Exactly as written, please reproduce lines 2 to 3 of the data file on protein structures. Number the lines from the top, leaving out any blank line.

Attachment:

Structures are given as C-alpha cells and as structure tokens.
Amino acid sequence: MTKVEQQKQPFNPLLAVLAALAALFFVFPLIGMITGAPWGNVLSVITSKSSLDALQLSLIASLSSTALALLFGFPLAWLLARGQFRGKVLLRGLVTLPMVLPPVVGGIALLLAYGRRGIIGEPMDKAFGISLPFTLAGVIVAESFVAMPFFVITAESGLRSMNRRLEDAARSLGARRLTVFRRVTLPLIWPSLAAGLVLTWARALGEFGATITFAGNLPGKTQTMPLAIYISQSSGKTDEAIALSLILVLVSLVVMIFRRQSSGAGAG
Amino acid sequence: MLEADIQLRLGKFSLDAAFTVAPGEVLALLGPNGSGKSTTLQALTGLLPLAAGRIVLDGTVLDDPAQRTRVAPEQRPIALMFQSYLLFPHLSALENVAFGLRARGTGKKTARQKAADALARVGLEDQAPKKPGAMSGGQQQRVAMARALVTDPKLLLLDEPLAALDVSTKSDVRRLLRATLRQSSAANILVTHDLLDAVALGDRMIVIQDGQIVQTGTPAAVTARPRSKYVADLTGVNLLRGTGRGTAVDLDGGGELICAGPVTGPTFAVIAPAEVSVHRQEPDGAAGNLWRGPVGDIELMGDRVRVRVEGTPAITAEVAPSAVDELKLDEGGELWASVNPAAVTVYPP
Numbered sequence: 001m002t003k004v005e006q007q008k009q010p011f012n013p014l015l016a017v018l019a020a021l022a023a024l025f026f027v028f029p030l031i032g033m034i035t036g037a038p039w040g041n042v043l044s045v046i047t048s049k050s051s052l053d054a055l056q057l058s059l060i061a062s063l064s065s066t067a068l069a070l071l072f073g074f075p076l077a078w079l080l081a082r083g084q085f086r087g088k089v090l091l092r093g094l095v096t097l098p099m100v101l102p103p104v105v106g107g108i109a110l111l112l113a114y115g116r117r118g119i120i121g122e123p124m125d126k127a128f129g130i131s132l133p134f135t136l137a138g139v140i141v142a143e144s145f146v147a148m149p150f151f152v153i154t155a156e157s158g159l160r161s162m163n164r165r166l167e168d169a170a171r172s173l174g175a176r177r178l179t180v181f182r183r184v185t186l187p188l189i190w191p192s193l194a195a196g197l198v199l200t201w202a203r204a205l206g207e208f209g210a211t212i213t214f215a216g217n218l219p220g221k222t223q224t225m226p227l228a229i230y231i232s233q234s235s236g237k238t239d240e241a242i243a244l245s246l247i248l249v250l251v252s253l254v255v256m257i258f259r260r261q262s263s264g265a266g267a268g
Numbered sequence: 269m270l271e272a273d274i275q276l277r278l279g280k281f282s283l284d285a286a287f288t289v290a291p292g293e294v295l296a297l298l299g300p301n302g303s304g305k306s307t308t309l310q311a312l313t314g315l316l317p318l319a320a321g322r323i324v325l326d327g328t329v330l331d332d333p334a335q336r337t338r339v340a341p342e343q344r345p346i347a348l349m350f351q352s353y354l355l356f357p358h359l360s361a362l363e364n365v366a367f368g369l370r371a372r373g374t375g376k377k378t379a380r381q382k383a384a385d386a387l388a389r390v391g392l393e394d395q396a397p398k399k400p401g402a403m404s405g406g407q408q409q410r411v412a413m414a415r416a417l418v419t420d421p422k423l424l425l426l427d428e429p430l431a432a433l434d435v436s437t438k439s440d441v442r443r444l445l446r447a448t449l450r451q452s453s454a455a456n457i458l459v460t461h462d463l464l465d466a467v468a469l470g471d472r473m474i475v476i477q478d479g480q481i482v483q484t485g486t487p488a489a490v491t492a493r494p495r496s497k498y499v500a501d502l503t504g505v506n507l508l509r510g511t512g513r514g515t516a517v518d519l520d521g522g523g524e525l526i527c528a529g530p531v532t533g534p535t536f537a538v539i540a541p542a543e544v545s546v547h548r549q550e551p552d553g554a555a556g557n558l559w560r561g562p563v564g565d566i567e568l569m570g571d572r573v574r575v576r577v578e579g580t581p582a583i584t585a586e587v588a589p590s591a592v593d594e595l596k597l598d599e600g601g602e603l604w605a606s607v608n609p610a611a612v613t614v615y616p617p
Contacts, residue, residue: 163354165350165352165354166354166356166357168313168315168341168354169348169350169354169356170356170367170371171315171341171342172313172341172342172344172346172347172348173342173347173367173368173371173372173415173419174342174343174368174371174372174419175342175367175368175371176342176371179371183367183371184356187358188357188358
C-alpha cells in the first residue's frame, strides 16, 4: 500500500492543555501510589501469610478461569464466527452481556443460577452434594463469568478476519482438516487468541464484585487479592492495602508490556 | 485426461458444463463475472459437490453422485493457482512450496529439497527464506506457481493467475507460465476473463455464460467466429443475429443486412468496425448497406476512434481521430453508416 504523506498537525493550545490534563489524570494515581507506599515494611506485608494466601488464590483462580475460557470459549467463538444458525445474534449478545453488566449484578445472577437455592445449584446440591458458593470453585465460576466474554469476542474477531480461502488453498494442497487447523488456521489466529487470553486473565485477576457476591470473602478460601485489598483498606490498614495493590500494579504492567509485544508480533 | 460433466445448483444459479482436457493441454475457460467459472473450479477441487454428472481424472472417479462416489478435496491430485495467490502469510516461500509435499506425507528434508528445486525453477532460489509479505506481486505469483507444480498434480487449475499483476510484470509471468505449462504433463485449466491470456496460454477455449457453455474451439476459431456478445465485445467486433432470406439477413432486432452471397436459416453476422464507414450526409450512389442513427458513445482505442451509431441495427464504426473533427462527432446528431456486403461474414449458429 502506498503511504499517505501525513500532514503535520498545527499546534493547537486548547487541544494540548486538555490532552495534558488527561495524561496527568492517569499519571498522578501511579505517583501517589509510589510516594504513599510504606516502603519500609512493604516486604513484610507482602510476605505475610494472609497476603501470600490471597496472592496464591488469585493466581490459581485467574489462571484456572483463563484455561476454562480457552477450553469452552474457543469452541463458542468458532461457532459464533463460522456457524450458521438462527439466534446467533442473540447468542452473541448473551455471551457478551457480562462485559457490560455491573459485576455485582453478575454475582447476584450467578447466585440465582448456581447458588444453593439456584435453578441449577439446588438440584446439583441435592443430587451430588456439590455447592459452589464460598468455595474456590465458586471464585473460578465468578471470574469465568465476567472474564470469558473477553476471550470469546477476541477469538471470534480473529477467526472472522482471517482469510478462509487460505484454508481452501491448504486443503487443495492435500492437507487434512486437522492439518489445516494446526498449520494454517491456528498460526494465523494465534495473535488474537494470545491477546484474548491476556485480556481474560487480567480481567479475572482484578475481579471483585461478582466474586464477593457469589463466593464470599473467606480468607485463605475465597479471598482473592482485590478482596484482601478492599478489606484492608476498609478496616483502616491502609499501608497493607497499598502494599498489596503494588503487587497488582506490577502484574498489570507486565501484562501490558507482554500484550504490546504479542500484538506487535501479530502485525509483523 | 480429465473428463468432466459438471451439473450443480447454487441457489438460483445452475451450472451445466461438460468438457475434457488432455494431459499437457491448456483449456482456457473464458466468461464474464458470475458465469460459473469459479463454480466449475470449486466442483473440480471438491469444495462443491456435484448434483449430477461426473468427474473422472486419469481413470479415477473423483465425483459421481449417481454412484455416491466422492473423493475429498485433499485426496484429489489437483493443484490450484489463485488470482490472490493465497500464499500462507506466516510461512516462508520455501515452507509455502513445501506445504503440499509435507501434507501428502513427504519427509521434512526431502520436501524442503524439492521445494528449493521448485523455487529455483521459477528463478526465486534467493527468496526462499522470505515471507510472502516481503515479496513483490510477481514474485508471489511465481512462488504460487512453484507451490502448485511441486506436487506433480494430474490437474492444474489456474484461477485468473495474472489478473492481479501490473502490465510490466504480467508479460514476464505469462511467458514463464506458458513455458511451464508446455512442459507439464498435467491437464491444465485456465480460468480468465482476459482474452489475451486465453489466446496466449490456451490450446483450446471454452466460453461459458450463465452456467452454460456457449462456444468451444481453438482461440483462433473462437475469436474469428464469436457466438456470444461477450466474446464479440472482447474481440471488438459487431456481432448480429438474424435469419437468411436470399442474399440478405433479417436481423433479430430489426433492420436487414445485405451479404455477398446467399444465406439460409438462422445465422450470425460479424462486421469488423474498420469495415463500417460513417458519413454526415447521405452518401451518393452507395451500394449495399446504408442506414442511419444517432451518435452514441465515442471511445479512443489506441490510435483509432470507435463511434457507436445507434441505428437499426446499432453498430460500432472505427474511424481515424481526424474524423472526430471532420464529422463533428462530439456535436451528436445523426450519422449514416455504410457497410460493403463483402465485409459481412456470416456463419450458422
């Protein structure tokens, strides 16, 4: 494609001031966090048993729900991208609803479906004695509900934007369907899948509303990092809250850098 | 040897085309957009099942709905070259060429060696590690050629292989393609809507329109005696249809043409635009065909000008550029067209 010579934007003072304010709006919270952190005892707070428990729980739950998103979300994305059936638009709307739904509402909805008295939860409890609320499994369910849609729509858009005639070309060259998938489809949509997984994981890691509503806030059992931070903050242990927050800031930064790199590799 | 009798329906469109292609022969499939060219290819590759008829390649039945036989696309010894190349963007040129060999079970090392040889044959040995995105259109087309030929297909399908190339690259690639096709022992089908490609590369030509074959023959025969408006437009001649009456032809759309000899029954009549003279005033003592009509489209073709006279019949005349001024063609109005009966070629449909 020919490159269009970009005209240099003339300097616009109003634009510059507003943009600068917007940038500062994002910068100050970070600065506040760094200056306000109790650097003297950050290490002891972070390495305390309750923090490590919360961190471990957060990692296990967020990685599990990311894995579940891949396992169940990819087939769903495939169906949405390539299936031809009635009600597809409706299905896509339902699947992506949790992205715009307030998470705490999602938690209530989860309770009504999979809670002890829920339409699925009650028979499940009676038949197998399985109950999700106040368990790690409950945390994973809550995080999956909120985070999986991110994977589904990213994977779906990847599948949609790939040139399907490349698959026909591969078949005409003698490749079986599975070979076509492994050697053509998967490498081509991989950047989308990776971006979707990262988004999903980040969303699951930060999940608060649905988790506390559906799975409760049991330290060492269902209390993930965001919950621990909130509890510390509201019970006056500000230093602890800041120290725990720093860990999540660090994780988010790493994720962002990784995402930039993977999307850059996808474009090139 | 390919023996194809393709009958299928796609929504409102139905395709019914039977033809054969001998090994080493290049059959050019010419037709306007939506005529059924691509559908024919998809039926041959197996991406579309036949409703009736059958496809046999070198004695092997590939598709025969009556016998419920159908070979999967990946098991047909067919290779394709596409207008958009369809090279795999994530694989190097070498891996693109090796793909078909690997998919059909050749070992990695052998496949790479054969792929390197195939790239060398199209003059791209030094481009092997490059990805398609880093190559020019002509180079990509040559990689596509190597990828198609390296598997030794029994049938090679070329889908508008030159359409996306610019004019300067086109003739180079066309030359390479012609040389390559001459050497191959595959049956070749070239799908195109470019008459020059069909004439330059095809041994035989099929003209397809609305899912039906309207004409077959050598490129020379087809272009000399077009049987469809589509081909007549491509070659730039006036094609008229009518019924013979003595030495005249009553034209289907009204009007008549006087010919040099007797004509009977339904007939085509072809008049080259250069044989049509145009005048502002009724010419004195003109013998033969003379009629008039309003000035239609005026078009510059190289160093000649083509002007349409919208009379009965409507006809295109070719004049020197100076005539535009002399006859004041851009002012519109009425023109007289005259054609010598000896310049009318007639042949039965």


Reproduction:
Amino acid sequence: MTKVEQQKQPFNPLLAVLAALAALFFVFPLIGMITGAPWGNVLSVITSKSSLDALQLSLIASLSSTALALLFGFPLAWLLARGQFRGKVLLRGLVTLPMVLPPVVGGIALLLAYGRRGIIGEPMDKAFGISLPFTLAGVIVAESFVAMPFFVITAESGLRSMNRRLEDAARSLGARRLTVFRRVTLPLIWPSLAAGLVLTWARALGEFGATITFAGNLPGKTQTMPLAIYISQSSGKTDEAIALSLILVLVSLVVMIFRRQSSGAGAG
Amino acid sequence: MLEADIQLRLGKFSLDAAFTVAPGEVLALLGPNGSGKSTTLQALTGLLPLAAGRIVLDGTVLDDPAQRTRVAPEQRPIALMFQSYLLFPHLSALENVAFGLRARGTGKKTARQKAADALARVGLEDQAPKKPGAMSGGQQQRVAMARALVTDPKLLLLDEPLAALDVSTKSDVRRLLRATLRQSSAANILVTHDLLDAVALGDRMIVIQDGQIVQTGTPAAVTARPRSKYVADLTGVNLLRGTGRGTAVDLDGGGELICAGPVTGPTFAVIAPAEVSVHRQEPDGAAGNLWRGPVGDIELMGDRVRVRVEGTPAITAEVAPSAVDELKLDEGGELWASVNPAAVTVYPP